NEW BOOK!*  Smart Ass: How a Donkey Challenged Me to Accept His True Nature & Rediscover My Own

Margaret (Margie) Winslow

I am a geologist and writer with over thirty years of field experience in Alaska, Chile, Antarctica, and the Dominican Republic. While assessing earthquake hazards in the Dominican Republic, I became enchanted by watching donkeys at their labors. I was especially struck by their forbearance and playfulness in the face of an indifferent, even harsh, environment.

After I returned home, I joined donkey groups on-line, and attended donkey and mule shows in the Northeast and in New Mexico. I learned that, not only were donkeys steadfast and safe to ride, but also affectionate, playful, smart, and undervalued. The last part struck a chord deep within me. Just before 9/11 turned the world upside down, I became an unwitting wrangler and straight man to a rambunctious donkey named Caleb. I had no idea then that this young, untrained donkey would upend so many of my assumptions about life. Or that he would challenge me to accept his true nature — and help me rediscover my own.

In addition to my roles as unwitting wrangler and straight man for Caleb, I have written two award-winning travel memoirs about my work and misadventures in Chile and Antarctica. (See Books.)

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Other Books

The Cusp of Dreadfulness
SKU: 9781491787427

The Cusp of Dreadfulness is the sequel to Margaret Winslow’s award-winning travel adventure memoir, Over My Head. It recounts the author’s struggles for acceptance as a female field scientist while navigating through the wilderness of southern South America. Unlike her first book about sea voyages along the coasts during the 1970s, this memoir focuses on her land-based adventures between 1974 and 1998 carrying nothing more than her backpack, a hammer, and a compass.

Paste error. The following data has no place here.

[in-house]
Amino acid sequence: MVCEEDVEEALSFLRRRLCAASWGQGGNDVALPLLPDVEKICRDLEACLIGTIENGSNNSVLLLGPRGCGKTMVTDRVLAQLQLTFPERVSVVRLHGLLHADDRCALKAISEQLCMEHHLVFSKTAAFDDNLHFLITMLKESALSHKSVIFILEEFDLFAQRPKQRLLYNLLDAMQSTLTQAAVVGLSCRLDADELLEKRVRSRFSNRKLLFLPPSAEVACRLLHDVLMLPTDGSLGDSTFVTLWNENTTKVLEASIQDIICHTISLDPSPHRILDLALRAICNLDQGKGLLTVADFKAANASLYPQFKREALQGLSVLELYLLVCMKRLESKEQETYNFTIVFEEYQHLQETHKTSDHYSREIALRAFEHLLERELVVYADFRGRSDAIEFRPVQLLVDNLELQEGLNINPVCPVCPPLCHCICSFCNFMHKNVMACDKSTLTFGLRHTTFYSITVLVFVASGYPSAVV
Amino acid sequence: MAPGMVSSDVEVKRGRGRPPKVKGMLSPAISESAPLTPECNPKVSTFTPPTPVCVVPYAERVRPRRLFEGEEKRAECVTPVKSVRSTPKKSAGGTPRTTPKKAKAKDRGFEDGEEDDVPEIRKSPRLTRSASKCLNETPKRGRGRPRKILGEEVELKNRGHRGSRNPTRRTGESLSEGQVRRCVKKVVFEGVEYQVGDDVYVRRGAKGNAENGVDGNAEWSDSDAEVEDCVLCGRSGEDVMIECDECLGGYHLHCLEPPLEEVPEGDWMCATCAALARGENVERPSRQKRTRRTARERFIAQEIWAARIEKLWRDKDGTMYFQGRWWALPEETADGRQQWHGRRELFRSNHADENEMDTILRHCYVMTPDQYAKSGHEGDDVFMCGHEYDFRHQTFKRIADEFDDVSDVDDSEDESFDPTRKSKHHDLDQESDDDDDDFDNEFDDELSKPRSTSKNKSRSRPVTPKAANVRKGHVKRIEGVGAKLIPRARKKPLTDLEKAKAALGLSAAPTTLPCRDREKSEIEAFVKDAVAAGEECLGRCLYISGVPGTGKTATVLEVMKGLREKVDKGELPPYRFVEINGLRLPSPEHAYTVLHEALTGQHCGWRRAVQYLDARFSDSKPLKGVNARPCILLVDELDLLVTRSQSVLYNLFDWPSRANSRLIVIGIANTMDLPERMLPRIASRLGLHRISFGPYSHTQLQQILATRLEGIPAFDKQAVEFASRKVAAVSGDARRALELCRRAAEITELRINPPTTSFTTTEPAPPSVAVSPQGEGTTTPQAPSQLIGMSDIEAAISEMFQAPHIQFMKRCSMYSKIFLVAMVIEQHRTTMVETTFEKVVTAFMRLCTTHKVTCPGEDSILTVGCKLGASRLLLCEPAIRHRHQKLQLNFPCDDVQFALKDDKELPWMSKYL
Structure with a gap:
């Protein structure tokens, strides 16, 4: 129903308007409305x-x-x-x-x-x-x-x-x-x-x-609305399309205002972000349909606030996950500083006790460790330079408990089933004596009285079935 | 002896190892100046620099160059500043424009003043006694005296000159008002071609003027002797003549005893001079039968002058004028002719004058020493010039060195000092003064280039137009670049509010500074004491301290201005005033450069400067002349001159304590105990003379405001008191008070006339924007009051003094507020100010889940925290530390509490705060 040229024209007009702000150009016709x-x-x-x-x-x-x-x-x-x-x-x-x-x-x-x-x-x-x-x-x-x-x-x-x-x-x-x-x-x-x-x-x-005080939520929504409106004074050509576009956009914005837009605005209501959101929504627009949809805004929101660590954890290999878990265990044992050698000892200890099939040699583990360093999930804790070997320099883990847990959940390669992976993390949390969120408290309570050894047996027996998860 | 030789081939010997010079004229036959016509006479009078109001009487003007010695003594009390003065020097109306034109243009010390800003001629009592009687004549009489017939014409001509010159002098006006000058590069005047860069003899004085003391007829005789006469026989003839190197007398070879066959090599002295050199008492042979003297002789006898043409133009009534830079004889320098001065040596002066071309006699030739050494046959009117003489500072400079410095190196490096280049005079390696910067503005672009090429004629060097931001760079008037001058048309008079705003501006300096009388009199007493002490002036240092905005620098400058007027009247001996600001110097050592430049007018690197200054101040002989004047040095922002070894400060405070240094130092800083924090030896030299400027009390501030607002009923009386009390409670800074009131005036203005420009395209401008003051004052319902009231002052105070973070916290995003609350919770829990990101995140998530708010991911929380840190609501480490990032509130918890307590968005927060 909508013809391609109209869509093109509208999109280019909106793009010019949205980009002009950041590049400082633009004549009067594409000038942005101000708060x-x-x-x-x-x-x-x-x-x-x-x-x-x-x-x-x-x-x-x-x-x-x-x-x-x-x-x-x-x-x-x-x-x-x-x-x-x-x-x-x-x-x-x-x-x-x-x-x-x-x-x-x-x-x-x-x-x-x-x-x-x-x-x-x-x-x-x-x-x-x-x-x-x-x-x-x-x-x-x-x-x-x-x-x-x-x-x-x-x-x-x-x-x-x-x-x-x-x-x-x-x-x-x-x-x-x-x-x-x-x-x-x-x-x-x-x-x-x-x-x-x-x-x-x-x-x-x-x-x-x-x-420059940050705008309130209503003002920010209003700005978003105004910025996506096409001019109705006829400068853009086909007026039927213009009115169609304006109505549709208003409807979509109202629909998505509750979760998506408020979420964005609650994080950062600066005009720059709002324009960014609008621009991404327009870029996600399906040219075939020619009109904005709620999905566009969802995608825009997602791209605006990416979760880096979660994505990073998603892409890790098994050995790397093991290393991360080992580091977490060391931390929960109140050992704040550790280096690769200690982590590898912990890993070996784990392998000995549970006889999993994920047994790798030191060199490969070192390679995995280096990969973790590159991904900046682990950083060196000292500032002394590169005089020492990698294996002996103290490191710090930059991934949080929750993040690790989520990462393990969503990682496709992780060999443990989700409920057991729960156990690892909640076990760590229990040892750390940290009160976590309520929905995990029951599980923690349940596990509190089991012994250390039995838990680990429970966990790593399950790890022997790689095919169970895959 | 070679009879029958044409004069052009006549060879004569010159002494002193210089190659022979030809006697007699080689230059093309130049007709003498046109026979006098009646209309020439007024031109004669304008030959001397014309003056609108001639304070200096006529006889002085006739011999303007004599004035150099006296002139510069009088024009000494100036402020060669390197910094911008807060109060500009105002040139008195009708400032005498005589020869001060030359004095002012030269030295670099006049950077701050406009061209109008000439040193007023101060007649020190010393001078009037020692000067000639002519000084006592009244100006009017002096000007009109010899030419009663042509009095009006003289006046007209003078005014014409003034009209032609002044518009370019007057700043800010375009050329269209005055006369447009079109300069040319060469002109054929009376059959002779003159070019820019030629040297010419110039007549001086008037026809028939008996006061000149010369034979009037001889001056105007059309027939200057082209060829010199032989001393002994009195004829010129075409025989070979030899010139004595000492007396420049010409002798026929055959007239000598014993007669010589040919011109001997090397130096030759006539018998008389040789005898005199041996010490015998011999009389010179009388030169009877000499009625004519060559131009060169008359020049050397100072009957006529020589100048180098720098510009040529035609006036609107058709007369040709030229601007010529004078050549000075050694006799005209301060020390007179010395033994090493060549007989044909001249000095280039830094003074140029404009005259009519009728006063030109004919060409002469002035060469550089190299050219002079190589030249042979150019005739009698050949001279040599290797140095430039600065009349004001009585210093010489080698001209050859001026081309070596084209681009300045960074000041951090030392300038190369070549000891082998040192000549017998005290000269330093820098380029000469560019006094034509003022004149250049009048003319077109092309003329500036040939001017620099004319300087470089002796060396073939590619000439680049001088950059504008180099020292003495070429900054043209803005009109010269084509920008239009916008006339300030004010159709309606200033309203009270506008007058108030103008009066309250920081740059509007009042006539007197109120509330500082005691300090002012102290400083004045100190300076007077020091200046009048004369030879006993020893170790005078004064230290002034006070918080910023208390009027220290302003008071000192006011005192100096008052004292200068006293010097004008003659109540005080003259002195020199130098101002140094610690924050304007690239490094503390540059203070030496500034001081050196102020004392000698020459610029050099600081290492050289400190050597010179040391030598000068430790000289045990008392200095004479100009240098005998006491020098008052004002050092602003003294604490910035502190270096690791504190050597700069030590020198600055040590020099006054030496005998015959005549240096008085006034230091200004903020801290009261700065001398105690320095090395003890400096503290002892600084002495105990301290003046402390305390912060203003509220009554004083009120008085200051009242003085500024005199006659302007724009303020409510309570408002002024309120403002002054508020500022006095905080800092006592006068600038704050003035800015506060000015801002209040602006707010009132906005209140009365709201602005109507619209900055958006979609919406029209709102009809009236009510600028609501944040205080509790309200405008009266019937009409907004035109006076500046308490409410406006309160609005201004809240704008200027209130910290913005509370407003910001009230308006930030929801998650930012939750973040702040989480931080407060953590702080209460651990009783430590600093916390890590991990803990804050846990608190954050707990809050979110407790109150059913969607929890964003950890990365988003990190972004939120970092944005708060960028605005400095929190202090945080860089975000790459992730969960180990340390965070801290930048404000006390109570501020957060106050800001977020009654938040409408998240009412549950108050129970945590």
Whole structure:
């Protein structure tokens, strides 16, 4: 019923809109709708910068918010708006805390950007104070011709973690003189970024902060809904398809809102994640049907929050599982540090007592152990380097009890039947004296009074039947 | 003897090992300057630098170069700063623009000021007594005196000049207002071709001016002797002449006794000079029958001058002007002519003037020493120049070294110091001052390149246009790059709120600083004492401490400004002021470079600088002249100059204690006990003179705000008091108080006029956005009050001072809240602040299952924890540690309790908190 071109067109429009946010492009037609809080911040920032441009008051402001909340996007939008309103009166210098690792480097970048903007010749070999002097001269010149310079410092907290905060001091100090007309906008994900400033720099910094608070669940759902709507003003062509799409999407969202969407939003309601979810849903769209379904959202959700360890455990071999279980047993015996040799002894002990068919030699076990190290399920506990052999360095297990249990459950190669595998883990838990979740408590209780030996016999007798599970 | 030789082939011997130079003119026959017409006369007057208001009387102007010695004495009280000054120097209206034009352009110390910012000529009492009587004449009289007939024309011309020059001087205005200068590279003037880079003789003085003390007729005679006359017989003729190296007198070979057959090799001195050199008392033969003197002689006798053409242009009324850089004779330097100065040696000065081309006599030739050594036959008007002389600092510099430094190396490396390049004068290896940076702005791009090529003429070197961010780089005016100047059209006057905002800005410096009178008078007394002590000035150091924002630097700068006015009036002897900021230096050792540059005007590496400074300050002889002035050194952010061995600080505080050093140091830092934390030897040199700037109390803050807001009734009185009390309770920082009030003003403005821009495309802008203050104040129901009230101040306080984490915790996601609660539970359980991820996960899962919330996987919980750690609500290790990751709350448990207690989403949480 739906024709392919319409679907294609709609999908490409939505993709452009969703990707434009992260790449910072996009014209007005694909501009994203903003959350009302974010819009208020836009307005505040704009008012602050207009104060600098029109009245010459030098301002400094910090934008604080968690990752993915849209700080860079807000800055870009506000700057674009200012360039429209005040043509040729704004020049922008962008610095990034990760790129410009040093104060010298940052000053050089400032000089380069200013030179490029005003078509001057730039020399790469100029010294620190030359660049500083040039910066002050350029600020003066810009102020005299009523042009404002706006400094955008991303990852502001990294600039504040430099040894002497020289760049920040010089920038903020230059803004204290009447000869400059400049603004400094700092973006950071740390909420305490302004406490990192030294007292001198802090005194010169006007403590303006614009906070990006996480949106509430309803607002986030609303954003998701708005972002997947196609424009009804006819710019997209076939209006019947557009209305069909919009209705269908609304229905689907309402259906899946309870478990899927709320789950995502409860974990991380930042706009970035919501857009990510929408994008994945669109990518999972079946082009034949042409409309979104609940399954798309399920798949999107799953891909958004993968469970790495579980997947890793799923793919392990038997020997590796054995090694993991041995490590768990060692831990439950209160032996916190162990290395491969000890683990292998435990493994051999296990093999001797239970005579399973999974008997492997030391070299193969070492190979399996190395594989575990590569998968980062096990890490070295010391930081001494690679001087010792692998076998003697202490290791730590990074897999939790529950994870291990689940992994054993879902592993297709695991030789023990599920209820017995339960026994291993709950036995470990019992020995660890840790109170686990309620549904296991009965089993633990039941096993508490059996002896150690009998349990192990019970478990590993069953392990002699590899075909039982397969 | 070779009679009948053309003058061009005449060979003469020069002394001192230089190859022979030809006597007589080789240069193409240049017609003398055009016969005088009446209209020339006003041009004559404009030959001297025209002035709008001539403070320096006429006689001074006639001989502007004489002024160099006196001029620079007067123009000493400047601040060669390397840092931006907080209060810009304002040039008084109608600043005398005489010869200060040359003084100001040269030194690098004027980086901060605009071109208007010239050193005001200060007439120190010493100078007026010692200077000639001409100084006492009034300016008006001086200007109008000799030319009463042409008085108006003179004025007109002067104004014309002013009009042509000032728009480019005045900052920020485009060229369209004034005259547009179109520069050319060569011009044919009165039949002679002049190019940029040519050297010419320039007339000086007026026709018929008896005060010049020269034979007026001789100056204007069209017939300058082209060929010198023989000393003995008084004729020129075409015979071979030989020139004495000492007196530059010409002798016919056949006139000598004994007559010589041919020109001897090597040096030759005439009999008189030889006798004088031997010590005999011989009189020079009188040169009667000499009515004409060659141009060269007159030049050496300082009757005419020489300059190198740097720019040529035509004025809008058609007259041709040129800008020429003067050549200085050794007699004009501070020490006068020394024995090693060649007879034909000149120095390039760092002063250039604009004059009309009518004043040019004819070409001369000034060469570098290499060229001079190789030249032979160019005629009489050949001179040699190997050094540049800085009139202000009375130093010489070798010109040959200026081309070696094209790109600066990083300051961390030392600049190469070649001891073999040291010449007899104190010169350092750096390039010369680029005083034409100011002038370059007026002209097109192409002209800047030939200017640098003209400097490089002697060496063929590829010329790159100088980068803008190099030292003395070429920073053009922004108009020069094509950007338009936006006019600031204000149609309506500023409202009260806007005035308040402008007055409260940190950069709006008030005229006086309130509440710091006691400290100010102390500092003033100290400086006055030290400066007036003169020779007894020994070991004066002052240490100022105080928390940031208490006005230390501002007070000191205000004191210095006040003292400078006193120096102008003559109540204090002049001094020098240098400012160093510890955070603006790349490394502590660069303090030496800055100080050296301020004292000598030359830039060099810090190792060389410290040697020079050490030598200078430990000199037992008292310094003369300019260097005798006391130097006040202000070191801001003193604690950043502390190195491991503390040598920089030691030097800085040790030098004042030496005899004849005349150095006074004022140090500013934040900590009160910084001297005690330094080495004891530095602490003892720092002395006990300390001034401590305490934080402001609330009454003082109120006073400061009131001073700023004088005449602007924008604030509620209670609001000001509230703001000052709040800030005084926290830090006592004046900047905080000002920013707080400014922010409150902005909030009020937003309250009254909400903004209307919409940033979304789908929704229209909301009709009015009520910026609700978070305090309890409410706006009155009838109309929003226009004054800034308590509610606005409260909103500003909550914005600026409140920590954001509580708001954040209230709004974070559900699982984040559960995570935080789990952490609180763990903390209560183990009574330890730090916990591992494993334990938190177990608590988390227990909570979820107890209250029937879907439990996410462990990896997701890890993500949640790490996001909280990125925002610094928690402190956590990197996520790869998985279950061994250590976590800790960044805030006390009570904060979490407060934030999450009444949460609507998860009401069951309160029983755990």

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Over My Head
SKU: 9781475954319

Over My Head is a travel memoir that captures the misadventures of an inexperienced geologist as she begins pioneering field research in southern South America. Making waves in two repressive cultures, the author was one of the first women to work in the male-dominated world of field geology and the only woman on US and Chilean ships working in Tierra del Fuego and Antarctica. The author’s voyages, beginning in the mid-1970’s, re-trace segments of Darwin’s and Magellan’s historic journeys into the uncharted fjords and trackless forests of Tierra del Fuego.
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